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Dual separable feedback systems govern firing rate homeostasis

  1. Yelena Kulik
  2. Ryan Jones
  3. Armen J Moughamian
  4. Jenna Whippen
  5. Graeme W Davis  Is a corresponding author
  1. University of California, San Francisco, United States
Research Article
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Cite this article as: eLife 2019;8:e45717 doi: 10.7554/eLife.45717

Abstract

Firing rate homeostasis (FRH) stabilizes neural activity. A pervasive and intuitive theory argues that a single variable, calcium, is detected and stabilized through regulatory feedback. A prediction is that ion channel gene mutations with equivalent effects on neuronal excitability should invoke the same homeostatic response. In agreement, we demonstrate robust FRH following either elimination of Kv4/Shal protein or elimination of the Kv4/Shal conductance. However, the underlying homeostatic signaling mechanisms are distinct. Eliminating Shal protein invokes Krüppel-dependent rebalancing of ion channel gene expression including enhanced slo, Shab, and Shaker. By contrast, expression of these genes remains unchanged in animals harboring a CRISPR-engineered, Shal pore-blocking mutation where compensation is achieved by enhanced IKDR. These different homeostatic processes have distinct effects on homeostatic synaptic plasticity and animal behavior. We propose that FRH includes mechanisms of proteostatic feedback that act in parallel with activity-driven feedback, with implications for the pathophysiology of human channelopathies.

Data availability

All data generated or analysed during this study are included in the manuscript and supporting files.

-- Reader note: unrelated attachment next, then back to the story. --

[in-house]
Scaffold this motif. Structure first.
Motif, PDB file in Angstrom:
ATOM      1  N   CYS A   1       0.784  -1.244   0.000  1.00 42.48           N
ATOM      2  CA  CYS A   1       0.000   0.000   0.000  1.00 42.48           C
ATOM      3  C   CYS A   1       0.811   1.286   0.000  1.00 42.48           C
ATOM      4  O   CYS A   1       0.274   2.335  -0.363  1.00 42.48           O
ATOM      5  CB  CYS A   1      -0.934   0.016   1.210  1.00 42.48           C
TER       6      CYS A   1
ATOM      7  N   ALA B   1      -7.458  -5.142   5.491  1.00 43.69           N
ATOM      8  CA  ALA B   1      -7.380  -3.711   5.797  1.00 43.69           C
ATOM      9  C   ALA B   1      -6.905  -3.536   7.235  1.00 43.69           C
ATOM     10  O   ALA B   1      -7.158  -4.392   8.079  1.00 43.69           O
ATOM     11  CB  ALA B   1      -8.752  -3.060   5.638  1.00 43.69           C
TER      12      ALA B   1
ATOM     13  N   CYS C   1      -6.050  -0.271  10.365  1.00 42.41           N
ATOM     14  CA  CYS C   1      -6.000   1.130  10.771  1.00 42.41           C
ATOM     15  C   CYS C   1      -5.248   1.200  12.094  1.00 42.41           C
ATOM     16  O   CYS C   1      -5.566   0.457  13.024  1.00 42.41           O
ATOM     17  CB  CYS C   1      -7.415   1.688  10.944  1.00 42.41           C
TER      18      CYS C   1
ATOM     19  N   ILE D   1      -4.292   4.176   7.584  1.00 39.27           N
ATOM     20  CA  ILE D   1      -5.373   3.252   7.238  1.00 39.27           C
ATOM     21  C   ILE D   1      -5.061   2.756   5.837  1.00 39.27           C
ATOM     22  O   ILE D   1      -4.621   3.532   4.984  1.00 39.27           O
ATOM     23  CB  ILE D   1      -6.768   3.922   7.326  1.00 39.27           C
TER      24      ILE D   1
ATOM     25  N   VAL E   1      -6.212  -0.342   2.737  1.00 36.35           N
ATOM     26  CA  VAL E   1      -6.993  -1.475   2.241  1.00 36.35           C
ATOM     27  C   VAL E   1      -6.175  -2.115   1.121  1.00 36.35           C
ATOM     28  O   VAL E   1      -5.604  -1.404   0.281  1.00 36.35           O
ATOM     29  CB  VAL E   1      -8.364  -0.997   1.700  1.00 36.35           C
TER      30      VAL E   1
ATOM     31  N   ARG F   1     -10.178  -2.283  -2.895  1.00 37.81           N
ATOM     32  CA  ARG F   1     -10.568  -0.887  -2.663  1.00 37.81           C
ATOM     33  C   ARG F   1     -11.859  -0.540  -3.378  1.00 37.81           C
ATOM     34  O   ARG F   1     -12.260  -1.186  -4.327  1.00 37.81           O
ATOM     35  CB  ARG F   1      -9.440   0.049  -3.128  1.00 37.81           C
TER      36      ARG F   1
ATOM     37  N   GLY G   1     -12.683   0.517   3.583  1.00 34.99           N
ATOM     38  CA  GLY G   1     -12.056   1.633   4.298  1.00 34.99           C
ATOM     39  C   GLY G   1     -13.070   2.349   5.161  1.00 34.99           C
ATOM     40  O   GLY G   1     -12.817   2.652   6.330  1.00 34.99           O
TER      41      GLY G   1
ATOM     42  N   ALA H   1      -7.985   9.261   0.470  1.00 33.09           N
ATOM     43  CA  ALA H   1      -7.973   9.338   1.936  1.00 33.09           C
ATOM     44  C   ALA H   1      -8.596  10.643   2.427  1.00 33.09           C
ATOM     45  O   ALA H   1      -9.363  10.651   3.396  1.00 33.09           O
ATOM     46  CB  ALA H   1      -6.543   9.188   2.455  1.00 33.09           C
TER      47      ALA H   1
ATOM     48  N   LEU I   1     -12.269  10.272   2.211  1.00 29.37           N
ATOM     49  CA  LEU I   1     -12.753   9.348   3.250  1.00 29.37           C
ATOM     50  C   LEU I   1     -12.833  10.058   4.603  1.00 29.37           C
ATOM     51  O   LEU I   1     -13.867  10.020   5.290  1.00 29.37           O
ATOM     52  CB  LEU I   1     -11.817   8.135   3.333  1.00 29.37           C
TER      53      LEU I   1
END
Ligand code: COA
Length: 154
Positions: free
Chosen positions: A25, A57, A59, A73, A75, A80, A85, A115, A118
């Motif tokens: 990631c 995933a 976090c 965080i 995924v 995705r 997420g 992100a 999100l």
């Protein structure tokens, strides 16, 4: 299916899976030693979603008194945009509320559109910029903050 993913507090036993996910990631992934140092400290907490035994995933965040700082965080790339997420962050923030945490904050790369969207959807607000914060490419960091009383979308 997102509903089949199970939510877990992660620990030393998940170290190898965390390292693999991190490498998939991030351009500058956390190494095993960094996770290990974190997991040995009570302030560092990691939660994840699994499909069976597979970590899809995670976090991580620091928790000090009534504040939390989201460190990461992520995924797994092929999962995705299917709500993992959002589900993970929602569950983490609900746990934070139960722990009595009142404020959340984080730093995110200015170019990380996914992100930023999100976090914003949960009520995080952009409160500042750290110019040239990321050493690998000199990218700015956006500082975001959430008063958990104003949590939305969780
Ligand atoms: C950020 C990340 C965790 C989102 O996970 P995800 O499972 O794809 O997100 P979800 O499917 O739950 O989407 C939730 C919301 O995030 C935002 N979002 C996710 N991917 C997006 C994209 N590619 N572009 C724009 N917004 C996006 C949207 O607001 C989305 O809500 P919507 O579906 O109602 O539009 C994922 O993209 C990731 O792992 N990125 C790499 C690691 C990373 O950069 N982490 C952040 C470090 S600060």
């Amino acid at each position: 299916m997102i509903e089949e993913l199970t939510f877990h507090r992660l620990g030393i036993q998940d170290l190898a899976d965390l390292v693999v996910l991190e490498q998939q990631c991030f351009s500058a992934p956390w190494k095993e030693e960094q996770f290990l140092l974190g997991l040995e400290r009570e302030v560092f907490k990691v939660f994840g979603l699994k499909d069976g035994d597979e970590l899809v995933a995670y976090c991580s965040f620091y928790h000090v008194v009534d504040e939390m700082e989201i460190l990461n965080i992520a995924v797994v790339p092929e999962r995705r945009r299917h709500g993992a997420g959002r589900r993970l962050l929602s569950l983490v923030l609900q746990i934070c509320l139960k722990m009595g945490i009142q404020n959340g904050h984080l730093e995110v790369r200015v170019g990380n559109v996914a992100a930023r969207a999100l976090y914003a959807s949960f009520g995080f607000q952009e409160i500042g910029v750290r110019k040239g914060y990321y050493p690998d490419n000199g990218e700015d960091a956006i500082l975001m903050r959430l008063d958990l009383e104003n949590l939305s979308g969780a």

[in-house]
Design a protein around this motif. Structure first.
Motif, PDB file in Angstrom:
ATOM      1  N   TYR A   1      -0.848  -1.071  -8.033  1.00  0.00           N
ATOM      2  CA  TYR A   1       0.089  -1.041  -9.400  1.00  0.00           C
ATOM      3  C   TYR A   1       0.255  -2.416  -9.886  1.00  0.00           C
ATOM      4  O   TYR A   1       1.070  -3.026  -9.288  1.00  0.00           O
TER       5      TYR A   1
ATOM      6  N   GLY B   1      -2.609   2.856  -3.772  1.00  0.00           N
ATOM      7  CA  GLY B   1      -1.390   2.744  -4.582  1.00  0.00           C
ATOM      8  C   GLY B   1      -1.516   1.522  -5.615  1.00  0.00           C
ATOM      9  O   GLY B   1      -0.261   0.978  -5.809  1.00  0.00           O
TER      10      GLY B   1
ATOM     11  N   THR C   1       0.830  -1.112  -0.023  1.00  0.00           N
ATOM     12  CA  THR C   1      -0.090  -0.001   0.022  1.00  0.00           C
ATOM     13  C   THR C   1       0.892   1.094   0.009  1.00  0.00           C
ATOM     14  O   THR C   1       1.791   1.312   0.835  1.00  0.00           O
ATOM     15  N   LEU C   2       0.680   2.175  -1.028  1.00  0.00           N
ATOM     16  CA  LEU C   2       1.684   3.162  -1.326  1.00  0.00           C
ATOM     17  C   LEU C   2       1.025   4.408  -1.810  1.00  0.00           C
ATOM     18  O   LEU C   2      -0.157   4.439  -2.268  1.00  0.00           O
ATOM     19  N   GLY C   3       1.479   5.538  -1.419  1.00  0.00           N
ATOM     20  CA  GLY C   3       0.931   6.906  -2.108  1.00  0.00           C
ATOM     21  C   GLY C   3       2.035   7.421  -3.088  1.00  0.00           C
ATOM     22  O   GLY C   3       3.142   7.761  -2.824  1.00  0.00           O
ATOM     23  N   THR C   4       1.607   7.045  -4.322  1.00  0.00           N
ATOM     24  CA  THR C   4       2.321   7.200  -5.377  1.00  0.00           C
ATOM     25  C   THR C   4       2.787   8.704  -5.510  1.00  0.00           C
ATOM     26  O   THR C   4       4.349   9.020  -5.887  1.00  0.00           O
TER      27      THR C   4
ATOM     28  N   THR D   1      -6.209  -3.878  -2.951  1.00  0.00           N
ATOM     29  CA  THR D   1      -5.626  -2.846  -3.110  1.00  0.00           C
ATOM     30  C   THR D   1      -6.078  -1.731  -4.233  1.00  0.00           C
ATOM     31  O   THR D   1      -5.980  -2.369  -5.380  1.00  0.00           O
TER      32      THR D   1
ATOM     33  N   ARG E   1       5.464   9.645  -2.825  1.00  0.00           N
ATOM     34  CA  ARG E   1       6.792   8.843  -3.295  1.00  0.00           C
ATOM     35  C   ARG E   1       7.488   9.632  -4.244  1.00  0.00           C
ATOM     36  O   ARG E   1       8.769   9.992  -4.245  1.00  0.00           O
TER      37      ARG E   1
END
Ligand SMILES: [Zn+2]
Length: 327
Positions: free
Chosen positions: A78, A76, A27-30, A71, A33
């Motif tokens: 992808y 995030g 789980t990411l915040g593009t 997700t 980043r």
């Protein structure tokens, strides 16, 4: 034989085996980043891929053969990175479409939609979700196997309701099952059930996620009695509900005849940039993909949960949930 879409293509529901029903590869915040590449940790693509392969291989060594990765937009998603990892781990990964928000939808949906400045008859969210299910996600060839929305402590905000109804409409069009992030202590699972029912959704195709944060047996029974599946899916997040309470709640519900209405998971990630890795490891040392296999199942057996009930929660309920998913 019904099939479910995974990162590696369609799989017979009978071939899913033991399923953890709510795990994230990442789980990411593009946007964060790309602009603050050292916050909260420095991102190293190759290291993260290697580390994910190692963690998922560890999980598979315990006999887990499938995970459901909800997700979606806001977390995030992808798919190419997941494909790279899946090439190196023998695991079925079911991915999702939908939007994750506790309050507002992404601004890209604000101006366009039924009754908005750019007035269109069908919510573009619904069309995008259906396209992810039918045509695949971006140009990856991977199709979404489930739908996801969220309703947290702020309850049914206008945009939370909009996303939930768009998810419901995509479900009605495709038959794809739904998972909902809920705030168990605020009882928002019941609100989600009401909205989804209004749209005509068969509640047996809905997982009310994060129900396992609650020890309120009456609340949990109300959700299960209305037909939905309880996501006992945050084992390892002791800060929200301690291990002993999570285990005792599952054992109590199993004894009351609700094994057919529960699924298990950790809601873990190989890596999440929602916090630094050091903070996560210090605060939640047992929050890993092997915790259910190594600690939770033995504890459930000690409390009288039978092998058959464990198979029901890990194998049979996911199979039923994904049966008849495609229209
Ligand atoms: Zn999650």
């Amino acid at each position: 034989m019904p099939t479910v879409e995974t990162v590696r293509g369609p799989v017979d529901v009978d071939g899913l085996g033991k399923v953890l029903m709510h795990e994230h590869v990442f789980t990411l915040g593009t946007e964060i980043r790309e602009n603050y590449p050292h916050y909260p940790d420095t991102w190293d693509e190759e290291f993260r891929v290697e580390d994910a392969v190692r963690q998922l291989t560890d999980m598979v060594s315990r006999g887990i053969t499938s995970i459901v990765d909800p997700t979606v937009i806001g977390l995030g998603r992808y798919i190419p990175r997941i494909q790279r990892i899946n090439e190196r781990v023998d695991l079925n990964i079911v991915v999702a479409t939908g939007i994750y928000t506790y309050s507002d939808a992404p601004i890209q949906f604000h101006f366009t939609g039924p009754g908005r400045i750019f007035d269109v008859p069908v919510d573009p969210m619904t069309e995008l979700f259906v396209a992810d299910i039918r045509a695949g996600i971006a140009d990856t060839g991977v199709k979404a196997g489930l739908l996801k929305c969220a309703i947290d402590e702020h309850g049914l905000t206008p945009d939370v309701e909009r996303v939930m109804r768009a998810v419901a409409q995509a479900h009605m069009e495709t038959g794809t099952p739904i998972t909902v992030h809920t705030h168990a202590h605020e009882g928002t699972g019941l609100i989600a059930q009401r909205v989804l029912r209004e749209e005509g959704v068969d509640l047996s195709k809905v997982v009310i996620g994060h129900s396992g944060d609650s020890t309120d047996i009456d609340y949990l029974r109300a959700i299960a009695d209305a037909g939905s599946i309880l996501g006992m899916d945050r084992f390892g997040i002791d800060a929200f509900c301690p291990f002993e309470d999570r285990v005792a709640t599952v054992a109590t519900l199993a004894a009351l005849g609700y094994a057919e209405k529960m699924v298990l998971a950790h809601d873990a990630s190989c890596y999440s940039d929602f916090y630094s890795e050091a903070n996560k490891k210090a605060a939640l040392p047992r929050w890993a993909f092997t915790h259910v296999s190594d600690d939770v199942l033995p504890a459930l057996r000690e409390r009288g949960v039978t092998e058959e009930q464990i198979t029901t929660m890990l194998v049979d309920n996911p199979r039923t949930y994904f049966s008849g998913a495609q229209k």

Article and author information

Author details

  1. Yelena Kulik

    Department of Biochemistry and Biophysics, University of California, San Francisco, San Francisco, United States
    Competing interests
    No competing interests declared.
  2. Ryan Jones

    Department of Biochemistry and Biophysics, University of California, San Francisco, San Francisco, United States
    Competing interests
    No competing interests declared.
  3. Armen J Moughamian

    Department of Biochemistry and Biophysics, University of California, San Francisco, San Francisco, United States
    Competing interests
    No competing interests declared.
  4. Jenna Whippen

    Department of Biochemistry and Biophysics, University of California, San Francisco, San Francisco, United States
    Competing interests
    No competing interests declared.
  5. Graeme W Davis

    Department of Biochemistry and Biophysics, University of California, San Francisco, San Francisco, United States
    For correspondence
    graeme.davis@ucsf.edu
    Competing interests
    Graeme W Davis, Reviewing editor, eLife.
    ORCID icon "This ORCID iD identifies the author of this article:" 0000-0003-1355-8401

Funding

National Institute of Neurological Disorders and Stroke (R35NS097212)

  • Graeme W Davis

The funders had no role in study design, data collection and interpretation, or the decision to submit the work for publication.

Reviewing Editor

  1. Ronald L Calabrese, Emory University, United States

Publication history

  1. Received: February 1, 2019
  2. Accepted: April 10, 2019
  3. Accepted Manuscript published: April 11, 2019 (version 1)
  4. Version of Record published: April 30, 2019 (version 2)

Copyright

© 2019, Kulik et al.

This article is distributed under the terms of the Creative Commons Attribution License permitting unrestricted use and redistribution provided that the original author and source are credited.

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